It’s always interesting talking to clients about legacy giving. One entrepreneur we met with recently, in his early 60s, was discussing how he would dispose of his wealth after his death. His initial questions were highly technical ones about creating the right structure to support his legacies. However, as the conversation progressed he began to get a sense of how other people view philanthropy, the difference they are making in the world and the fun that they are having along the way. He acknowledged later that this was a real eye-opener for him. He realized that using his business skills, in addition to his wealth, to support the causes that matter to him would make a great deal of sense and allow him to have more impact by learning from his giving along the way.
This is not to say that ‘giving while living’ is the only way to have an impact. Many of the trustees we speak to, who are responsible for foundations set up by a long-departed individual, view themselves as stewards of the foundation’s assets; responsible for giving well during their time in post and for handing on a strong capital base to their successors. Few long-established foundations choose to spend down their endowments within a fixed timeframe, rather than maintaining them in perpetuity, and the ability of these foundations to take a long term approach allows them to adapt and flex to changing circumstances, while maintaining the overall direction and vision set by the founder.
The bottom line for any family or individual thinking through these questions is to focus first and foremost on what you want to achieve with your philanthropy. Understanding your focus and building your practical experience as a philanthropist will help you to envisage the time-frame in which you can aim to achieve results. This in turn will help you to understand the structure and time-frame that is going to work best for you.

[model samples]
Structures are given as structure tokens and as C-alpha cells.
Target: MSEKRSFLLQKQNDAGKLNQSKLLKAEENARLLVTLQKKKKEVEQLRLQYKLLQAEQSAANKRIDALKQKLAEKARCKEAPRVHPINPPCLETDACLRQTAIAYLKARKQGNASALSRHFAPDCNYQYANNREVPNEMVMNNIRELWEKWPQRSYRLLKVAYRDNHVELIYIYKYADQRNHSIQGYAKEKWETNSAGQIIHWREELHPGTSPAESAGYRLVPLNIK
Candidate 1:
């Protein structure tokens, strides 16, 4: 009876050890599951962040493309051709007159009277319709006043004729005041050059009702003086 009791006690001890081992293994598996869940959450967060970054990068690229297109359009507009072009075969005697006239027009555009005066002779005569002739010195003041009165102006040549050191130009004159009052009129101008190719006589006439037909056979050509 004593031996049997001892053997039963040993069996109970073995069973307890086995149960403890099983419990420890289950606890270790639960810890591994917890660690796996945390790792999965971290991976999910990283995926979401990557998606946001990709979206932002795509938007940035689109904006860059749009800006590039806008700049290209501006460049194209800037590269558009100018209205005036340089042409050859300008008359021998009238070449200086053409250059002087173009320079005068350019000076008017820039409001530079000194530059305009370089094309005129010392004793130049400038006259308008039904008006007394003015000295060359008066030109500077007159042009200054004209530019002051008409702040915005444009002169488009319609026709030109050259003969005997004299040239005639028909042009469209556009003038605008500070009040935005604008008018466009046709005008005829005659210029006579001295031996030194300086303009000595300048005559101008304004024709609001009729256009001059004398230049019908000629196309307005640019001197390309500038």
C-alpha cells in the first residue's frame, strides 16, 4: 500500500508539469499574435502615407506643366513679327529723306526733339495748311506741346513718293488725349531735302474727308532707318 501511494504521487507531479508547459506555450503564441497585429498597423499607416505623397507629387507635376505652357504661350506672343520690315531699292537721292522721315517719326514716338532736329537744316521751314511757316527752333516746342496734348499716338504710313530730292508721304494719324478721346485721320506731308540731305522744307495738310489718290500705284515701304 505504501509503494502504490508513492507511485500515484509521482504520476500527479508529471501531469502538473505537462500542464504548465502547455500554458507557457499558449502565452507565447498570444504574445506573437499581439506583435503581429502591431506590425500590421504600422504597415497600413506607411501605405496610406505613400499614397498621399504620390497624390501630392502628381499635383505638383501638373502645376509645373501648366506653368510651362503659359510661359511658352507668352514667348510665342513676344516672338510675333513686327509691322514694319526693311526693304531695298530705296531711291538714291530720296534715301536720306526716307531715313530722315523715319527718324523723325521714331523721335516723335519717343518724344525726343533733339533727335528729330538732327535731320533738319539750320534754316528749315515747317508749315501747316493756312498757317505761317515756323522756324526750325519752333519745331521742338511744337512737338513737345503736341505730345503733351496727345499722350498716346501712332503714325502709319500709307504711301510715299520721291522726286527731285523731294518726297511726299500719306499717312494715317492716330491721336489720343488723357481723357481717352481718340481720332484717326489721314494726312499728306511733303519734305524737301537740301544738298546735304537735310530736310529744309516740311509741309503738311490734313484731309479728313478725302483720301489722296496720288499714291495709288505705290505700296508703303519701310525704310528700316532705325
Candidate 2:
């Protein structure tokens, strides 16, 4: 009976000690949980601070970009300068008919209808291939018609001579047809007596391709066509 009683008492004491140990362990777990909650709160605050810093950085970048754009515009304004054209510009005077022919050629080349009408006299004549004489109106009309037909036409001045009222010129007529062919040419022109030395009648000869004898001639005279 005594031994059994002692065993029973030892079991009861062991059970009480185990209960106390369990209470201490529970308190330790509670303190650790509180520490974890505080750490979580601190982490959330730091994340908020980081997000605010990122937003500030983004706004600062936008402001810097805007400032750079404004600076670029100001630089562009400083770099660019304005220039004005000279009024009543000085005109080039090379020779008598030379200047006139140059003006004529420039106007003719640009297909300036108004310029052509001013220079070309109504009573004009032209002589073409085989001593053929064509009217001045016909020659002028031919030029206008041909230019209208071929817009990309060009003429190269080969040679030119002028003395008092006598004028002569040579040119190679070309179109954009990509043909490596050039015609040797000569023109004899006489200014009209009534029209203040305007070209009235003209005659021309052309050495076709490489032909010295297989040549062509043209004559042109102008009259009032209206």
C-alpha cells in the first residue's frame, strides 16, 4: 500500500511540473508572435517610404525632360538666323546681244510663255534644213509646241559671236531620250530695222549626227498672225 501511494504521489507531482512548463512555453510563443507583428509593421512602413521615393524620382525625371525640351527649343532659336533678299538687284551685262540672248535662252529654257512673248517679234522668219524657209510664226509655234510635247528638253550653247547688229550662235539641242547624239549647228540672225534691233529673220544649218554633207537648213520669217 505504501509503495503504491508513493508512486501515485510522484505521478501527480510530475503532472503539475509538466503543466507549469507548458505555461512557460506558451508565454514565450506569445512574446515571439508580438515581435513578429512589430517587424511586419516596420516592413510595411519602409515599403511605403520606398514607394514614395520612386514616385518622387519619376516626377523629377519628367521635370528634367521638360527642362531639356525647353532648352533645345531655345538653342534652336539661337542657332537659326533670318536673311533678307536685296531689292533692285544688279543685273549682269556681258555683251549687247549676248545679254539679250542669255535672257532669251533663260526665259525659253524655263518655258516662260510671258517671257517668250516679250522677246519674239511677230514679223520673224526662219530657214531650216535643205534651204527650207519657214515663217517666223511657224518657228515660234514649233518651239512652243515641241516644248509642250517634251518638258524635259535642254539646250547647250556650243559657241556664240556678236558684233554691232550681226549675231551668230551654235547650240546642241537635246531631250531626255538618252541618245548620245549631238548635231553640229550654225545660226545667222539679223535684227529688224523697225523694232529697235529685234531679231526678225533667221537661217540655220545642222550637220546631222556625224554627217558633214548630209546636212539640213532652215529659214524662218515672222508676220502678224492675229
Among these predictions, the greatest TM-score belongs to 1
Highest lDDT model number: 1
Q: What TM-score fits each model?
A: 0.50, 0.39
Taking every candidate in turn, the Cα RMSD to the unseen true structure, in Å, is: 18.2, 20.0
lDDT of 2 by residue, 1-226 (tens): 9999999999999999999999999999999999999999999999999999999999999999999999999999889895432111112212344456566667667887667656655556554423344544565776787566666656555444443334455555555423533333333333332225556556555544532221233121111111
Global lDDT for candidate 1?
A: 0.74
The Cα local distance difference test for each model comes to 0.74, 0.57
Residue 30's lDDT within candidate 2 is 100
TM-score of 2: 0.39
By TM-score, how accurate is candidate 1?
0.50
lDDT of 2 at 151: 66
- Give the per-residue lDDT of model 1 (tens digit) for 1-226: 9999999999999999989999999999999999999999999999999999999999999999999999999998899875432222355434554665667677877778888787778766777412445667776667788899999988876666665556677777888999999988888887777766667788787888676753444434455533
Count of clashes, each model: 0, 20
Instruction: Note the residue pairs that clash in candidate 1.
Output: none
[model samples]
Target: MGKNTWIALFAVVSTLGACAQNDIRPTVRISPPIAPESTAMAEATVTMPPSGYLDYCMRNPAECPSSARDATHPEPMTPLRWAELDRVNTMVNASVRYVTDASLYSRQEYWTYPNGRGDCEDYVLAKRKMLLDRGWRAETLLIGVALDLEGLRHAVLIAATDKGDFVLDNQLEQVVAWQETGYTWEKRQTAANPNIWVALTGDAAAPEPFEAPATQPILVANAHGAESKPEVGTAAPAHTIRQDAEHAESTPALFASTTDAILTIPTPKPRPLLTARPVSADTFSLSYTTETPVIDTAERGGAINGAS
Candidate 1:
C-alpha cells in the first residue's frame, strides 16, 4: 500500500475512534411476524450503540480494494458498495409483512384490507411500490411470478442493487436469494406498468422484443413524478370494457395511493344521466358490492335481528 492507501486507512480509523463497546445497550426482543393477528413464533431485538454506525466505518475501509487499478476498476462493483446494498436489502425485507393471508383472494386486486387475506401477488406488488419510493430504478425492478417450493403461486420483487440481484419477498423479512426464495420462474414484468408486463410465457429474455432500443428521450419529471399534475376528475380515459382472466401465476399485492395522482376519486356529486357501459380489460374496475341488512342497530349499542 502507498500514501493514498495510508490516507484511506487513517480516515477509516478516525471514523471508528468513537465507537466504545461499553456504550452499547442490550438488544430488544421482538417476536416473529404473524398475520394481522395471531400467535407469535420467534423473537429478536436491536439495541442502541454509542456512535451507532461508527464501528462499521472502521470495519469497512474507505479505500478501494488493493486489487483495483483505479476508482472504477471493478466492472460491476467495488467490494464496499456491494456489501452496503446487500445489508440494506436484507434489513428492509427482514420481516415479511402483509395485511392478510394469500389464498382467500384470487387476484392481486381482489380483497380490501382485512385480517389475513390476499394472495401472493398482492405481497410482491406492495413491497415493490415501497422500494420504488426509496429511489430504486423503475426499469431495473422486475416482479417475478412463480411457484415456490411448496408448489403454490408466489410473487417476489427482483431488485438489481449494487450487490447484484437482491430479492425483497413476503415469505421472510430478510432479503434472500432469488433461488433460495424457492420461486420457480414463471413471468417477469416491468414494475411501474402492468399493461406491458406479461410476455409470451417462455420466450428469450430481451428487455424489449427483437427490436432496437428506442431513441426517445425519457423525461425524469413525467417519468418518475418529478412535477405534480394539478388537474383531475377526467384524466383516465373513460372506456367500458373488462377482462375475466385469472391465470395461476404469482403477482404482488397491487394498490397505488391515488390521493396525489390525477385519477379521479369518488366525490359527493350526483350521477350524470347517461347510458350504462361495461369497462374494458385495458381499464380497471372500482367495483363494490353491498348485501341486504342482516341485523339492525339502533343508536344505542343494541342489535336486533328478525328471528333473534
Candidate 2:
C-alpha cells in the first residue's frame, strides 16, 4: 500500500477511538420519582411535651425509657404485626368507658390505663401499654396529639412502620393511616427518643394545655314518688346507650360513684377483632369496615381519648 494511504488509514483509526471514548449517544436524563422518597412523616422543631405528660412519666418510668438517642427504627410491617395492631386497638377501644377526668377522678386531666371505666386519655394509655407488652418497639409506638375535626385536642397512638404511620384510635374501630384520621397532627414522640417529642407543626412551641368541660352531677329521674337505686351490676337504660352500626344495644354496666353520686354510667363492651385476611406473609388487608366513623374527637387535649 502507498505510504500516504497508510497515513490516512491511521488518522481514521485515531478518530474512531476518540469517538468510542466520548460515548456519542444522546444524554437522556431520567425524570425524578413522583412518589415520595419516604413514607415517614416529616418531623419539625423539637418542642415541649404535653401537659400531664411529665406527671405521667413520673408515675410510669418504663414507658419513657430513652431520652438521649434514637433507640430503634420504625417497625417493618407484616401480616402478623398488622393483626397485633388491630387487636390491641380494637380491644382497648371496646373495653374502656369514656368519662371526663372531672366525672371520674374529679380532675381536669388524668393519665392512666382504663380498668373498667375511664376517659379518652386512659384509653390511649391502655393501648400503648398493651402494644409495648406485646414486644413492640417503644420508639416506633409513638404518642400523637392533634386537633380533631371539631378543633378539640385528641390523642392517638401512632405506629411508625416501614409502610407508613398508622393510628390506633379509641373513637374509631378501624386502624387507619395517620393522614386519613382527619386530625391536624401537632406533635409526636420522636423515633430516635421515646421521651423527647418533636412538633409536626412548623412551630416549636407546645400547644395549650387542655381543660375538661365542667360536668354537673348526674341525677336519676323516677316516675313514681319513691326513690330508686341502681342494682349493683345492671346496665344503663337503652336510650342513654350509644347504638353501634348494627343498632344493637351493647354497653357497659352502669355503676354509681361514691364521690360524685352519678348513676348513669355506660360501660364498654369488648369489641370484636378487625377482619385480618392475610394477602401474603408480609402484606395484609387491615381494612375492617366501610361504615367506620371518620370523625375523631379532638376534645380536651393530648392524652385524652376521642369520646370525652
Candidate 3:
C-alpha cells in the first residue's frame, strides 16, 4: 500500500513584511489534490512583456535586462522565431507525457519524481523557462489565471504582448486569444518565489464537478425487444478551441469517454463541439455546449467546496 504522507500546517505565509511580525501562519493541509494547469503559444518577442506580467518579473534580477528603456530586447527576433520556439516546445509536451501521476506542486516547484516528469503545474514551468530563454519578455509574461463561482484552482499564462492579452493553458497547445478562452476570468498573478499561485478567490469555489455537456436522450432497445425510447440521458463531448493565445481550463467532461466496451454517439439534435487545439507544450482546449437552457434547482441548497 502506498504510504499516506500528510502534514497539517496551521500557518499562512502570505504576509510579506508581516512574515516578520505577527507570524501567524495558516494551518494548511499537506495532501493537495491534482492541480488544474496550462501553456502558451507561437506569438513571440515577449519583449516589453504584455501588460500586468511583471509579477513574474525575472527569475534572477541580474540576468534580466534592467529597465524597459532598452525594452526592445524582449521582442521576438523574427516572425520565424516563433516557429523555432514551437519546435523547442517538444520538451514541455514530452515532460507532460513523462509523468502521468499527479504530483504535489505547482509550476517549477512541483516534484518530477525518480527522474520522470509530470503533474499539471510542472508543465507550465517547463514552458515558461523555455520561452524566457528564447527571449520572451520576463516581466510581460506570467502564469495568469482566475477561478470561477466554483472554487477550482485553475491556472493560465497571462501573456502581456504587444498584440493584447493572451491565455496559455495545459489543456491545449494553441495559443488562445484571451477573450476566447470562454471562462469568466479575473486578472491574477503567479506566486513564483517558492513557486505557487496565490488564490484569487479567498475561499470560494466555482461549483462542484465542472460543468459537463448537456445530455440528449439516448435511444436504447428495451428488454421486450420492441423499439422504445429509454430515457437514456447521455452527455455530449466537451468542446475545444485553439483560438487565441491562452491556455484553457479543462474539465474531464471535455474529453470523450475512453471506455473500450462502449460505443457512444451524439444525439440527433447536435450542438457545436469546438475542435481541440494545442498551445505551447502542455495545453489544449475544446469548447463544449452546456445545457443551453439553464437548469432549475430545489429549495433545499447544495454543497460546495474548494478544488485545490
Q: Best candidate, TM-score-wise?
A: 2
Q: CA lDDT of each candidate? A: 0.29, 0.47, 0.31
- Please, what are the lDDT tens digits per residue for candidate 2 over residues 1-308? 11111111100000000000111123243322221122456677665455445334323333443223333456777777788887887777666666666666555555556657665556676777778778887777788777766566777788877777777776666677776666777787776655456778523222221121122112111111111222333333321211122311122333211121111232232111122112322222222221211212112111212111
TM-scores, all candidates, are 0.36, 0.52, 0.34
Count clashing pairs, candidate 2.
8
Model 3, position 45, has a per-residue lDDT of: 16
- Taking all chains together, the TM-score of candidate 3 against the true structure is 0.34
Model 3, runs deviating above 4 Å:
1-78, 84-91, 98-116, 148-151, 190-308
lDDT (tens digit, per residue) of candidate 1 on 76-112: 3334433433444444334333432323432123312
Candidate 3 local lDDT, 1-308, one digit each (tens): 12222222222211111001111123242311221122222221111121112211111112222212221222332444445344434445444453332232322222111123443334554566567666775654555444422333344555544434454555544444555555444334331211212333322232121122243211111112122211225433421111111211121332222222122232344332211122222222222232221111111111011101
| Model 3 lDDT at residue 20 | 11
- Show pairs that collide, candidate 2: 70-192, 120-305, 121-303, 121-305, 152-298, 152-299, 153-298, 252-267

So – as a philanthropist thinking through these questions, what are the key questions to consider?
- What am I trying to change? What is my timeframe?
- How much time do I/my family have? What personal involvement in my philanthropy do I want for myself or for my children?
- What can I add personally to the causes I care about? Do I have personal experiences or skills that would be of value?
- How much of my wealth should be inherited by my children and grandchildren? What’s the right balance?
- How interested are my children and grandchildren? Is it an opportunity or a burden to leave them with my philanthropic legacy to manage?
- If I am leaving a charitable legacy, how can I best direct the framework that my legacy will operate within? Who will safeguard my philosophy of giving when I’m not here?
- Does my chosen area of focus lend itself to a shorter time-frame or a longer one? What makes most sense (it is hard to bring about lasting change in the world - but some issues and approaches lend themselves more easily to limited time-frame philanthropy)
This article first appears in Issue 7 of Philanthropy Impact Magazine. Click here to download the article in printer-friendly PDF.